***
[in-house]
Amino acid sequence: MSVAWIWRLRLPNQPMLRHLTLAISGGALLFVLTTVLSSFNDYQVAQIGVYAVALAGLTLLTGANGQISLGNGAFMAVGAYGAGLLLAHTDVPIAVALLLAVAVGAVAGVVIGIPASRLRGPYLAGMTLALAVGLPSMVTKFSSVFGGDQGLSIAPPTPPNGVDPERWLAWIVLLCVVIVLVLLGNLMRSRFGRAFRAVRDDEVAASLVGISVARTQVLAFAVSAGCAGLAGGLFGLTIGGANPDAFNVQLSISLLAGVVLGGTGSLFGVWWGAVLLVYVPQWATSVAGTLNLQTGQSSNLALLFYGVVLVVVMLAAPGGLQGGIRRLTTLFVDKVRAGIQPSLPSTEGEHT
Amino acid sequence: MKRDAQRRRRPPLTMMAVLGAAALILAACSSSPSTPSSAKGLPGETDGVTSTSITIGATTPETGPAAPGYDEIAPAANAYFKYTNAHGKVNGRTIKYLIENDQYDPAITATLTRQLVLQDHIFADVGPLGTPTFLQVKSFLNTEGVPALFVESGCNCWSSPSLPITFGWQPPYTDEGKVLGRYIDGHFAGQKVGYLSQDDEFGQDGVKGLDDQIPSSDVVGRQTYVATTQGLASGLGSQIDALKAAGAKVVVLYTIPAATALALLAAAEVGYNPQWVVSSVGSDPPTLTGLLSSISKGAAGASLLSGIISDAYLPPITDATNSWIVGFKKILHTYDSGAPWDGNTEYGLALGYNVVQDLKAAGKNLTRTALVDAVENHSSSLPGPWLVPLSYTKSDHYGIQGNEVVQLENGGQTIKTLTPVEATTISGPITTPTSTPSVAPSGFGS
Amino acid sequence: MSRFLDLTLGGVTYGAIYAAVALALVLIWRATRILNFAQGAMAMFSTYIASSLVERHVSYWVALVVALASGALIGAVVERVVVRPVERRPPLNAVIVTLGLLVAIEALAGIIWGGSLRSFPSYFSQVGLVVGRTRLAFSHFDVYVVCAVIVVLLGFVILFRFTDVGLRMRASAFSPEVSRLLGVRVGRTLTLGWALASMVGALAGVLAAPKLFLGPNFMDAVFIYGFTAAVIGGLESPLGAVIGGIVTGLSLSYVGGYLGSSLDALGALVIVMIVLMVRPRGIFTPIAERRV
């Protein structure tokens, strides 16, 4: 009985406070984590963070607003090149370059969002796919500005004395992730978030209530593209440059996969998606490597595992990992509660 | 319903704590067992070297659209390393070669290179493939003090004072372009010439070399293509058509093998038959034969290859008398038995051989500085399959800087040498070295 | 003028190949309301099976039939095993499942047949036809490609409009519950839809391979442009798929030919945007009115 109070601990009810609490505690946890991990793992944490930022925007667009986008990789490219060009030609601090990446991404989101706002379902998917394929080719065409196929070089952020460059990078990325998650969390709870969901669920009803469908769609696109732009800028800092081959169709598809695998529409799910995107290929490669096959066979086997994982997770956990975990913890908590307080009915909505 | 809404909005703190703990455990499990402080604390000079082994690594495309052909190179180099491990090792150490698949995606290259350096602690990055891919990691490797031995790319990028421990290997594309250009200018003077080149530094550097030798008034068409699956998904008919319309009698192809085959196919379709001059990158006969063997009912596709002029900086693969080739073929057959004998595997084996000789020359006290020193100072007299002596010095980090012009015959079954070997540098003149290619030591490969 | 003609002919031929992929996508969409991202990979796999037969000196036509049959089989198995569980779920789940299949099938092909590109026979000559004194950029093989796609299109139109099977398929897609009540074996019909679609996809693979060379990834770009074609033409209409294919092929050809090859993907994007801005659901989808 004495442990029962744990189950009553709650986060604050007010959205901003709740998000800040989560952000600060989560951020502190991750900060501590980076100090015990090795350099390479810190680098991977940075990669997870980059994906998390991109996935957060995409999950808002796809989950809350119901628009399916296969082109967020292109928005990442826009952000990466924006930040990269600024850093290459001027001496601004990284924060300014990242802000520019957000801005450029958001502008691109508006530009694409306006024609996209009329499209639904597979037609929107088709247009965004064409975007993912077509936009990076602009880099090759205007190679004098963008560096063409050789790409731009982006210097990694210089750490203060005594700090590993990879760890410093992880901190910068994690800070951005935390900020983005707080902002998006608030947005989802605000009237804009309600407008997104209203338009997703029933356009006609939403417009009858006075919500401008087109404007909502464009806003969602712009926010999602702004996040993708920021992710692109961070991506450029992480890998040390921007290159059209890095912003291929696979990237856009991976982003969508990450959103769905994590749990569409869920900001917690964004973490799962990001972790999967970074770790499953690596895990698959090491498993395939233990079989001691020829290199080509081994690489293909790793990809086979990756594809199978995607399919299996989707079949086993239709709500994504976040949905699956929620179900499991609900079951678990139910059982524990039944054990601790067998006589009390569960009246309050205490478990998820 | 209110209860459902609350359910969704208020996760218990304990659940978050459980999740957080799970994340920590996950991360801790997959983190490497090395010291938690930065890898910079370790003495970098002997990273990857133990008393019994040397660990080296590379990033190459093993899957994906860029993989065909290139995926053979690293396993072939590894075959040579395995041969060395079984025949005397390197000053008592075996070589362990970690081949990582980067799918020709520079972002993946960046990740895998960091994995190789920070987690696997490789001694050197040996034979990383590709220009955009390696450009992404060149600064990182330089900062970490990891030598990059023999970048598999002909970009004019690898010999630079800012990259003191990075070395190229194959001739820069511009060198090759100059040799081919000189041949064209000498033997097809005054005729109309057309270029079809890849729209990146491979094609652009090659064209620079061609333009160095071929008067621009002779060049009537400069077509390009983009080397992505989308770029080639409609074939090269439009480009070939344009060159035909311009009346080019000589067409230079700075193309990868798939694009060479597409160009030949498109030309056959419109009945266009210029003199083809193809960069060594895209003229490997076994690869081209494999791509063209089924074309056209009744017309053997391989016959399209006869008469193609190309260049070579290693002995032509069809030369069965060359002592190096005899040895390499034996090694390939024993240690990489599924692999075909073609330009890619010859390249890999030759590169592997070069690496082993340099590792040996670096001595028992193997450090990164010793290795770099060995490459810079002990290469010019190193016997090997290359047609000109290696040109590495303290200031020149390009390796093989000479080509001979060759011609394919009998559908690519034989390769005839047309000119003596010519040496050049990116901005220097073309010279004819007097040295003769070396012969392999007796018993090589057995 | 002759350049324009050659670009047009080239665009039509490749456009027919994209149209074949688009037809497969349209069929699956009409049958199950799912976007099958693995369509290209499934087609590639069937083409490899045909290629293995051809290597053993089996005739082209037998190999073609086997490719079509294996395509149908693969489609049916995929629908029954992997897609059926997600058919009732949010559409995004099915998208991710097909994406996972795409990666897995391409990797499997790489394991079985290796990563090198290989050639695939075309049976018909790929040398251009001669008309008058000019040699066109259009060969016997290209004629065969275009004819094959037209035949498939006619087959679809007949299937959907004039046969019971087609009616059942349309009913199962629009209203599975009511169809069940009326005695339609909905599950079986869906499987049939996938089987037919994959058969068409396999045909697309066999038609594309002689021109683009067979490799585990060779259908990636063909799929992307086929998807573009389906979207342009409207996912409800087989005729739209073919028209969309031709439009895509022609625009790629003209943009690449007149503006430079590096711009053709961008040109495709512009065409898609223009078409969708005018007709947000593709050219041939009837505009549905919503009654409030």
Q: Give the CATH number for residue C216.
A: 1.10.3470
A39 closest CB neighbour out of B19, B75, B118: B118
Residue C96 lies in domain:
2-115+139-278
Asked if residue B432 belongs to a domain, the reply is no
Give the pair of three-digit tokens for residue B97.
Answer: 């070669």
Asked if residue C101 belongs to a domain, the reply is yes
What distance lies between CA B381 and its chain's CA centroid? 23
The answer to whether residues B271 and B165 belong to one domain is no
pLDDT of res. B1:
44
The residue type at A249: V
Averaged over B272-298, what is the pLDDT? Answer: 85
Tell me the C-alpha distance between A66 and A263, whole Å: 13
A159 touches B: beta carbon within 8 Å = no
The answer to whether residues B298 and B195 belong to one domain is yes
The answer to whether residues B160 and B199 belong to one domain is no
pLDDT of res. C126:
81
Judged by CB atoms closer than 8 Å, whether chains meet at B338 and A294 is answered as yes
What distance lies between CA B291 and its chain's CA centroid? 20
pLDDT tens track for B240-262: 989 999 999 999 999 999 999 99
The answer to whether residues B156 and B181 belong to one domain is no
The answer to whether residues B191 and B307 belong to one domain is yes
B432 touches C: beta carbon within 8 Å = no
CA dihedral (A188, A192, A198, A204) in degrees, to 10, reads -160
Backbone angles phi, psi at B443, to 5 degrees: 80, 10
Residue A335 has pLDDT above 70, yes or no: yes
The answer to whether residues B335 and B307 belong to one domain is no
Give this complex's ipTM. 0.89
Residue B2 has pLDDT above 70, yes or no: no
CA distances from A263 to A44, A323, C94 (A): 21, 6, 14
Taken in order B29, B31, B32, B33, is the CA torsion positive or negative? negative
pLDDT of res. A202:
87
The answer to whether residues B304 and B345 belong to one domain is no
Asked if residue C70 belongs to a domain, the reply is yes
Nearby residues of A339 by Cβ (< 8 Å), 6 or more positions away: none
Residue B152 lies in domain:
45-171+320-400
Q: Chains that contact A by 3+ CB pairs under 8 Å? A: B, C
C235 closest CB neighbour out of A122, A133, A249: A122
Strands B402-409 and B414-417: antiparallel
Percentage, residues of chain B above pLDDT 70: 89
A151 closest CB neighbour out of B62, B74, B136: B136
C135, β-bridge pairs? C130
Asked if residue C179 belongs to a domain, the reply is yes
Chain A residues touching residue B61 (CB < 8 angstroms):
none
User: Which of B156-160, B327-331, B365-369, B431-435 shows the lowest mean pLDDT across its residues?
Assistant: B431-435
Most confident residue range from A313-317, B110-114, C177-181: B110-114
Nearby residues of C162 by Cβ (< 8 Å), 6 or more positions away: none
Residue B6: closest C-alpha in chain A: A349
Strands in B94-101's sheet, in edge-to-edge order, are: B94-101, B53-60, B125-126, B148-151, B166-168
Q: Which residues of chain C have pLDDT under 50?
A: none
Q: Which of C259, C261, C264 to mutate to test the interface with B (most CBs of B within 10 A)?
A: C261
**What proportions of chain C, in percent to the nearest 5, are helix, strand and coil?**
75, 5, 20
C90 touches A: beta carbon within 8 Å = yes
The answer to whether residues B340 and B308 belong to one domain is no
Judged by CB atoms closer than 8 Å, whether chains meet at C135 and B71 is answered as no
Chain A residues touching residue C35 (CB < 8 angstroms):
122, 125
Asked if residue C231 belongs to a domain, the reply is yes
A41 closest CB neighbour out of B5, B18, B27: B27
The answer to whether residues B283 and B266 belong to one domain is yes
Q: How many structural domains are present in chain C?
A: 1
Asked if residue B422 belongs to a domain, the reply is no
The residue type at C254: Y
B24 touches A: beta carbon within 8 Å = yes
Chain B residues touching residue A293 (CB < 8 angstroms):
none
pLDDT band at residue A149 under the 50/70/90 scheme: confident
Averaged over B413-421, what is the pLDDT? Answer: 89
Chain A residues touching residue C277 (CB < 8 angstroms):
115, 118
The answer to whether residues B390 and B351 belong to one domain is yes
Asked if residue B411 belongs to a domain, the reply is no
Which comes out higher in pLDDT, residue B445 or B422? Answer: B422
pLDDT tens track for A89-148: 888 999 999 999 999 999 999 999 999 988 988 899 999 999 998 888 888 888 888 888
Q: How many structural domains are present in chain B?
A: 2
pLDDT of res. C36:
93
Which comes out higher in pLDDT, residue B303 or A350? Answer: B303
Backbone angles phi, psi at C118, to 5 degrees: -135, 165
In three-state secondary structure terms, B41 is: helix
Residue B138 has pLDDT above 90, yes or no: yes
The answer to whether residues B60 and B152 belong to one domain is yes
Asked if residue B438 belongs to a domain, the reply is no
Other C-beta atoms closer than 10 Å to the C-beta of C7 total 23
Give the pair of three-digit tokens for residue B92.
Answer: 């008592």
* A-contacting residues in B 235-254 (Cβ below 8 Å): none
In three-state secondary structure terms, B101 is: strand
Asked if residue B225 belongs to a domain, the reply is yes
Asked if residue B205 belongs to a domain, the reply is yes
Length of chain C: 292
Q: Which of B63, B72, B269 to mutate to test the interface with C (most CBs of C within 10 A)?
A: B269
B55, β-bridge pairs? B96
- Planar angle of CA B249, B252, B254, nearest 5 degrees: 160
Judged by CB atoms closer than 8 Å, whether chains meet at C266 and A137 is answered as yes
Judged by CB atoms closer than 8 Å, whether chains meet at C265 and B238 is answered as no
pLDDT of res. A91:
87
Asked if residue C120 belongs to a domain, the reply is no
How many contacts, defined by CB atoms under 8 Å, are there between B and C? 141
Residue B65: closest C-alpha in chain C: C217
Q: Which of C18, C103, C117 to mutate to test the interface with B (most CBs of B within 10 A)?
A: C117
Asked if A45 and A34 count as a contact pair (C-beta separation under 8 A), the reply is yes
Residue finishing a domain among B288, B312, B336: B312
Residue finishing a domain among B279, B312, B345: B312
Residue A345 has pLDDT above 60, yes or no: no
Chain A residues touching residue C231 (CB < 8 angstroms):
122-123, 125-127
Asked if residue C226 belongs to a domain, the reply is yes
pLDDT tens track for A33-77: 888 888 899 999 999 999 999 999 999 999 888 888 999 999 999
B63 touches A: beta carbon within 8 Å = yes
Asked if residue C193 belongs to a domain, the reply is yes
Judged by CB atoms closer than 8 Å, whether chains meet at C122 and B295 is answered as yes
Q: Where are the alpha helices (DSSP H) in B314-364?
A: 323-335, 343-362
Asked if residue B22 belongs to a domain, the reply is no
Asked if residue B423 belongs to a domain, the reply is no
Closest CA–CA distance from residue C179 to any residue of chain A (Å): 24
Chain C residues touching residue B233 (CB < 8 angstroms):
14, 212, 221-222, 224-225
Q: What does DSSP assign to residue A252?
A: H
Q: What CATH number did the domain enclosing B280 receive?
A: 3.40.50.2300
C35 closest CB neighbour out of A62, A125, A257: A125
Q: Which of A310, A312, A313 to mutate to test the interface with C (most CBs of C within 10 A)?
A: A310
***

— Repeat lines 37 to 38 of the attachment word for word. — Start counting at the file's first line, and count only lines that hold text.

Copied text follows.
Give this complex's ipTM. 0.89
Residue B2 has pLDDT above 70, yes or no: no